Facebook’s Horizon Woorkrooms Blend Remote Meetings with Virtual Reality

A photo of Oculus VR avatars in a virtual Horizon Workspace.
Facebook

Facebook has announced Horizon Workrooms, a VR meeting tool that may one day replace Zoom and other remote collaboration tools. Available as an open beta on Oculus 2 headsets, Horizon Workrooms aims to closely mimic the in-person meeting experience by leveraging all of Oculus’ fancy features.

Workrooms allows up to 16 Oculus Quest 2 users to meet in a virtual conference room. Each user is represented by a legless avatar that floats over a chair. Video participants can also phone into the meetings, allowing for a total of 50 people per Workroom.

But Horizon Workrooms goes a lot deeper than that. When you log into a VR meeting, your Oculus Quest 2 prompts you to scan your desk. It then brings your desk into the VR world (and even represents some items, like keyboards, using 3D models). Using the headset’s Passthrough feature, you can look down and see what’s on your desk at any time without interrupting your VR experience.

Workspaces also integrates with the Oculus Remote Desktop companion app, which is a fancy way of saying that it brings your PC or Mac into the VR world. This makes Workspaces a compelling collaborative tool, as you and other participants can actively share documents, take notes, draw diagrams, and carry out other tasks that are common during in-person meetings.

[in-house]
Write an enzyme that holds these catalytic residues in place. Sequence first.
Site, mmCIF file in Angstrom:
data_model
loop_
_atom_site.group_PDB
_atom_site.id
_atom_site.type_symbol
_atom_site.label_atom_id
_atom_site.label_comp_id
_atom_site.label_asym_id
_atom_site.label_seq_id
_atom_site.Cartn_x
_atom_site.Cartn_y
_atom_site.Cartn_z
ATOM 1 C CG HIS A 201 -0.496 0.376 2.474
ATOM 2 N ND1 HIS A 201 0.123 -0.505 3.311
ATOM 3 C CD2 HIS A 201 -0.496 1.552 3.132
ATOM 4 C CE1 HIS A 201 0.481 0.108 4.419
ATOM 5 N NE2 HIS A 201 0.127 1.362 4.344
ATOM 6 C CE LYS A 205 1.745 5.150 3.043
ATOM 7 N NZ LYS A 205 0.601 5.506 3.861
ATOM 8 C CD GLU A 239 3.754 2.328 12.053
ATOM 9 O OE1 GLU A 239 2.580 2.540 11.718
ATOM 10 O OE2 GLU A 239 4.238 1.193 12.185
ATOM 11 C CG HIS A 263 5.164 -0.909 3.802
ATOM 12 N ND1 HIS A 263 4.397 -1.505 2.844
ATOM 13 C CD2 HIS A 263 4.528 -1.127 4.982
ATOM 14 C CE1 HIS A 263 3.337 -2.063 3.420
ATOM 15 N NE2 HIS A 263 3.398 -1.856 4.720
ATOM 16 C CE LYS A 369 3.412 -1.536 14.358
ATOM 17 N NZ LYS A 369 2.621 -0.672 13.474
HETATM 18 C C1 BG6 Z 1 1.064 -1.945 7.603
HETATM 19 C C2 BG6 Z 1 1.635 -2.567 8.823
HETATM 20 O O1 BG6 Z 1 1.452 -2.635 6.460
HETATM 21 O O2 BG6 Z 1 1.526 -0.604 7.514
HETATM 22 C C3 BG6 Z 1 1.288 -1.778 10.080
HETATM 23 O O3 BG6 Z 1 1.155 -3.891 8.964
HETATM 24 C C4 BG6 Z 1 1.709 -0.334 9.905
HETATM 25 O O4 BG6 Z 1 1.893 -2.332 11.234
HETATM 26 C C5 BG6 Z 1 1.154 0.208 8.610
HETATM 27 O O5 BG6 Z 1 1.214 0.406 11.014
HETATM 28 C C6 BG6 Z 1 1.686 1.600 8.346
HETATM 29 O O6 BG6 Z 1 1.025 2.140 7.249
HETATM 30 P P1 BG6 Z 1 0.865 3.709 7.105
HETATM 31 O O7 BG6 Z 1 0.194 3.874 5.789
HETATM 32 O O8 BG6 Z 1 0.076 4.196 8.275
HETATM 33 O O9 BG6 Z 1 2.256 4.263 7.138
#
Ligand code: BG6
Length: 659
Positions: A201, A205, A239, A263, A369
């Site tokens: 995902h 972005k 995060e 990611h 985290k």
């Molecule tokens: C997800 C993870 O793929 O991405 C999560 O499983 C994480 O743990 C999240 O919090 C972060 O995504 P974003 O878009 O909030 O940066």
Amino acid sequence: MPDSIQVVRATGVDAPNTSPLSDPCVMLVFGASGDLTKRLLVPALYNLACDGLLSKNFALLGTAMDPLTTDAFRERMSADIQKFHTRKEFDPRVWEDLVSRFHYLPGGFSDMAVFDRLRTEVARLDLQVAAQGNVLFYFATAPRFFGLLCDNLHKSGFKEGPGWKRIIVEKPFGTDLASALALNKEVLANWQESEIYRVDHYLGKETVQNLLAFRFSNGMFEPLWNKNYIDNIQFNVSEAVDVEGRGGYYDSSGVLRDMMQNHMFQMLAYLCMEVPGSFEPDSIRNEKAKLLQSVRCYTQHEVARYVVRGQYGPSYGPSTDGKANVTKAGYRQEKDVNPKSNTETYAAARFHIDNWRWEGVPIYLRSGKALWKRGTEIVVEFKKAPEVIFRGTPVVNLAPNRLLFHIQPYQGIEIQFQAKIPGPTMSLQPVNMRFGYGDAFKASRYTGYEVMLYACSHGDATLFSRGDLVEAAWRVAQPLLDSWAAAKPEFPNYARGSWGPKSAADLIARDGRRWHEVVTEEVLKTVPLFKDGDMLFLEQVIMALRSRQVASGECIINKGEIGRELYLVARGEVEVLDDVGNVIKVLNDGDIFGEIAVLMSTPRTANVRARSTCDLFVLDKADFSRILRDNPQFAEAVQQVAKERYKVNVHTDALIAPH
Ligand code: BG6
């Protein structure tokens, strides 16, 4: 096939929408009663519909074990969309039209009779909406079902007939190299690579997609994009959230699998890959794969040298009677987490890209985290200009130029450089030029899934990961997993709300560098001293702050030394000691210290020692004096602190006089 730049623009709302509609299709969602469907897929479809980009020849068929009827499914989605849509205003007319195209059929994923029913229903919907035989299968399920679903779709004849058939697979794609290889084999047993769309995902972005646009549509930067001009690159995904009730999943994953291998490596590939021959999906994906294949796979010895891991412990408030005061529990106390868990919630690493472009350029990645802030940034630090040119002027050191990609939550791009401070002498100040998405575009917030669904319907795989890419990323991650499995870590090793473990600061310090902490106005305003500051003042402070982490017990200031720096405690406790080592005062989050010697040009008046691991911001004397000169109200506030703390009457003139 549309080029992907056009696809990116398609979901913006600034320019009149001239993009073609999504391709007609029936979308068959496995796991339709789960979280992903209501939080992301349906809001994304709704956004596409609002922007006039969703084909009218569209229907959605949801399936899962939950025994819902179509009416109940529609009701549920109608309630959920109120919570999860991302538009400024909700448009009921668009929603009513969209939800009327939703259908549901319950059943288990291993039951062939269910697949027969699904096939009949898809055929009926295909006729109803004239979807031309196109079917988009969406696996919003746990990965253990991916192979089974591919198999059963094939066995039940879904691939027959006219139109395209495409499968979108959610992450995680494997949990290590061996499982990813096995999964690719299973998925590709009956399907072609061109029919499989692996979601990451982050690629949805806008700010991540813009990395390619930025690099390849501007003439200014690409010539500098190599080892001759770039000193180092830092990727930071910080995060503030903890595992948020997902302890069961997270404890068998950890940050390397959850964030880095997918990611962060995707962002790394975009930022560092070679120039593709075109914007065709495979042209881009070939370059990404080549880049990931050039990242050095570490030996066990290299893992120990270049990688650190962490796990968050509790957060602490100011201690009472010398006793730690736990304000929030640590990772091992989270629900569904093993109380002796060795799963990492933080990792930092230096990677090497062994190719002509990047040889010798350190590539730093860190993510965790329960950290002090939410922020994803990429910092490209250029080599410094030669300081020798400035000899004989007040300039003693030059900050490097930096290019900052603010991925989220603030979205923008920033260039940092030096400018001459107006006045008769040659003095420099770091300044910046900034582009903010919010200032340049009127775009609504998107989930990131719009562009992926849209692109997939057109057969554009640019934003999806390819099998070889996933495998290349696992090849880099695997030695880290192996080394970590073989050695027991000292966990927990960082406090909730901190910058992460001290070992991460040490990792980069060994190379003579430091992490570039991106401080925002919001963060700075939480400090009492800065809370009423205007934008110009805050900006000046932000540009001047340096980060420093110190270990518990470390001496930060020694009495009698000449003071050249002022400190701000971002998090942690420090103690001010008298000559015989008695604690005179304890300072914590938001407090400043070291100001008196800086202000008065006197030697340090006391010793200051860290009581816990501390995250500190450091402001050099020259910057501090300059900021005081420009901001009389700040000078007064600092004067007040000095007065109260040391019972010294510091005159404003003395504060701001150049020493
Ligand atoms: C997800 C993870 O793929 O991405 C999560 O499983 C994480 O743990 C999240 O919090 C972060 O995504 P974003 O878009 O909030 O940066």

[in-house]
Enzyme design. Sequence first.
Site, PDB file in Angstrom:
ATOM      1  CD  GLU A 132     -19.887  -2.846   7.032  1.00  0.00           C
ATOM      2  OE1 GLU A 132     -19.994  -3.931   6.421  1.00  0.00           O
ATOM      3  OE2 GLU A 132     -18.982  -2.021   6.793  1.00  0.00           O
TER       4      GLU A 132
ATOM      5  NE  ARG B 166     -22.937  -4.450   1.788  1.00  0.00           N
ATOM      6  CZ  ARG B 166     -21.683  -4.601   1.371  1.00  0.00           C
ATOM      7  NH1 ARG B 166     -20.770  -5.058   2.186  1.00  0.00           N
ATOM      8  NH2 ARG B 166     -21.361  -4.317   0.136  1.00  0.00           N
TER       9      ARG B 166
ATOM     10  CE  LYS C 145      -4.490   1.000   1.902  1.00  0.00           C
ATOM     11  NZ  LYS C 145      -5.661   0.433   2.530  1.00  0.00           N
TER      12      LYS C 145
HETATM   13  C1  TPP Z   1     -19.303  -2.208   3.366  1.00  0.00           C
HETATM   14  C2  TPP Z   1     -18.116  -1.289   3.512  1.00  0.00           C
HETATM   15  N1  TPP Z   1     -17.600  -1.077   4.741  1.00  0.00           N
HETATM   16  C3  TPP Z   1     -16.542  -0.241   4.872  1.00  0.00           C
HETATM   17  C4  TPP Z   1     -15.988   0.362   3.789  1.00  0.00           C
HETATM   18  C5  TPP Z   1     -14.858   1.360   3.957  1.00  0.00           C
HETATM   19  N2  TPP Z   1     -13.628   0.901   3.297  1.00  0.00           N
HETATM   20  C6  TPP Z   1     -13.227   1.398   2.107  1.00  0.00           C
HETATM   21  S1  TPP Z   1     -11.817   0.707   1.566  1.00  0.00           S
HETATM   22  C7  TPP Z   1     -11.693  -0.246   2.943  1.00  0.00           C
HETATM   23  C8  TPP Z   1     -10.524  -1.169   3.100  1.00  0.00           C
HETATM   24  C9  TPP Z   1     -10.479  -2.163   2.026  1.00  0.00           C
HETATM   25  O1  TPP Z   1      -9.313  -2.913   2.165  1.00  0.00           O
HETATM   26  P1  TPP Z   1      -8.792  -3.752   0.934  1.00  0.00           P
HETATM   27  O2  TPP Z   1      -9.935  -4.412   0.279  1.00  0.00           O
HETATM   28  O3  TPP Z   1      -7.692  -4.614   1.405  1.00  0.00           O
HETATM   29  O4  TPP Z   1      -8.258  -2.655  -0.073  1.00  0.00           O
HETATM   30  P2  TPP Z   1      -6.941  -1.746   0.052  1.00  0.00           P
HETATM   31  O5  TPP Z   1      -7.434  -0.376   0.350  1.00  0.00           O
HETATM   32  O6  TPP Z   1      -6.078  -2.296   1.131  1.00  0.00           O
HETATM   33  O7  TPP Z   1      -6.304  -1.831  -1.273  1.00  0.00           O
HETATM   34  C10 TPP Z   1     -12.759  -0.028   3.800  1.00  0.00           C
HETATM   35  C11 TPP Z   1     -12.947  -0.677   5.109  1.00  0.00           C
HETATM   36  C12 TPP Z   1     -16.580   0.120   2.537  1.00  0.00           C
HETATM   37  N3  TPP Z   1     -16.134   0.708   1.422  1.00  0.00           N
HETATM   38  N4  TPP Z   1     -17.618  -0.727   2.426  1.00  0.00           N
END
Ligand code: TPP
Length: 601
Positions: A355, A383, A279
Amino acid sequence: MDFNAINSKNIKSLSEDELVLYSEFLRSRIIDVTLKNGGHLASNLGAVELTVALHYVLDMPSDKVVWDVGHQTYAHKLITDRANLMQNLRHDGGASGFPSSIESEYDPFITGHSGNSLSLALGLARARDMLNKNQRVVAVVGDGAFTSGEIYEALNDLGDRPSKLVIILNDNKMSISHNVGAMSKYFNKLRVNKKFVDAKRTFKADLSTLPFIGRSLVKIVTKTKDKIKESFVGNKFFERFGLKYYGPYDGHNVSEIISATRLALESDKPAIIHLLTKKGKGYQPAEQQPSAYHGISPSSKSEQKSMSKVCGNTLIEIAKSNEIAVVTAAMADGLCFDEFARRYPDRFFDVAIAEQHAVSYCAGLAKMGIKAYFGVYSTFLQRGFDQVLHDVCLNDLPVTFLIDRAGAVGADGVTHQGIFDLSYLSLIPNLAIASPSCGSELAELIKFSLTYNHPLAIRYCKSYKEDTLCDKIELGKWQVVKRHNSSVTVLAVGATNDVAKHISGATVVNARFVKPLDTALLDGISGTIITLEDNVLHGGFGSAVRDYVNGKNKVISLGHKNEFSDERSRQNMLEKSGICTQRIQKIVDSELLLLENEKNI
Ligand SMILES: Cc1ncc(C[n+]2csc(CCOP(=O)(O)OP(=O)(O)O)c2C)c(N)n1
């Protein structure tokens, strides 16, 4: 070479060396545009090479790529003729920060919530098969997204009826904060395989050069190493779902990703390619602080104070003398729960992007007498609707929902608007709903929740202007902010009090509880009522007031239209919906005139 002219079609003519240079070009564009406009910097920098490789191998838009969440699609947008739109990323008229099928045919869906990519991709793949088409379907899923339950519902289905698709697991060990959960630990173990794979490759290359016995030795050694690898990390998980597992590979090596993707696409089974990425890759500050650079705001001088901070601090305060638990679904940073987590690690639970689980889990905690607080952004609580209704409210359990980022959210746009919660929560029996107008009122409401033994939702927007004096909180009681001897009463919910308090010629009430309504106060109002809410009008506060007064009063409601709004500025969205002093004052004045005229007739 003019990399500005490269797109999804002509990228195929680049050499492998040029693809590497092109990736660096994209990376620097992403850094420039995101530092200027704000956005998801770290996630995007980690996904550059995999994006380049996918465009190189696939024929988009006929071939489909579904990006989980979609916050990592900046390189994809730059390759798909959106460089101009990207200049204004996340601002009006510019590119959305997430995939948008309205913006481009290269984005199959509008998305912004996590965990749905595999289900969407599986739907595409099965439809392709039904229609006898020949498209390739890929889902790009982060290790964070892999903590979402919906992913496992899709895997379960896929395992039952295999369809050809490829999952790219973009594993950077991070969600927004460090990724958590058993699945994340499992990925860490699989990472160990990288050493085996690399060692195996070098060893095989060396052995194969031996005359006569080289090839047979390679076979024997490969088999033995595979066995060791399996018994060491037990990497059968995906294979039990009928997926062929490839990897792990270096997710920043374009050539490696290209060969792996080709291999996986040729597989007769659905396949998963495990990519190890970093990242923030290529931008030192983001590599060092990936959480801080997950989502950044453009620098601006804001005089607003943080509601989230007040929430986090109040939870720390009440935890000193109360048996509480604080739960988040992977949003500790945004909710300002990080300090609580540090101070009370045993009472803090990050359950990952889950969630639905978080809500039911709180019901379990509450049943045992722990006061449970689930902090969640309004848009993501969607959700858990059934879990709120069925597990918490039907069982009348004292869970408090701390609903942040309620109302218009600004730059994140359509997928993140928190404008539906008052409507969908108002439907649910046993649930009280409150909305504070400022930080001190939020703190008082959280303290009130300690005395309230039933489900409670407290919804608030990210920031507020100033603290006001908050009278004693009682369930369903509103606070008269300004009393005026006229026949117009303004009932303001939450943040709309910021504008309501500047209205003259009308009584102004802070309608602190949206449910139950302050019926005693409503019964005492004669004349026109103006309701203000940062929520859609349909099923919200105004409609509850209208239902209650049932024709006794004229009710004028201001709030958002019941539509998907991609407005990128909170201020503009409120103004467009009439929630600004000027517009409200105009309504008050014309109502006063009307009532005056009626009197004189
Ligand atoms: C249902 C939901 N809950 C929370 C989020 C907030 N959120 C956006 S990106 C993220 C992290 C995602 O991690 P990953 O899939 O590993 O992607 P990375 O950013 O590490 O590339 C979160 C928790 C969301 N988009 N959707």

Facebook employs a ton of small tricks to make workspaces feel more lifelike. Spatial audio might be the most interesting feature in this regard, as it places your coworkers’ voices around the conference room so you can easily locate who’s talking. Of course, the Oculus avatars aren’t exactly true-to-life, but at least you don’t need to comb your hair or get dressed for a VR meeting.

Horizon Workspaces is part of Facebook’s “metaverse” business plan. The goal behind metaverse is to fill every corner of your life with Facebook-created software, thereby creating an endless revenue stream. Virtual reality has the potential to build this metaverse in workplace and leisure environments. However, Facebook still needs to develop AR products, like smart glasses, if it wants to truly capture the world in its metaverse.

Source: Facebook

Andrew Heinzman Andrew Heinzman
Andrew is a writer for Review Geek and its sister site, How-To Geek. Like a jack-of-all-trades, he handles the writing and image editing for a mess of tech news articles, daily deals, product reviews, and complicated explainers. Read Full Bio »

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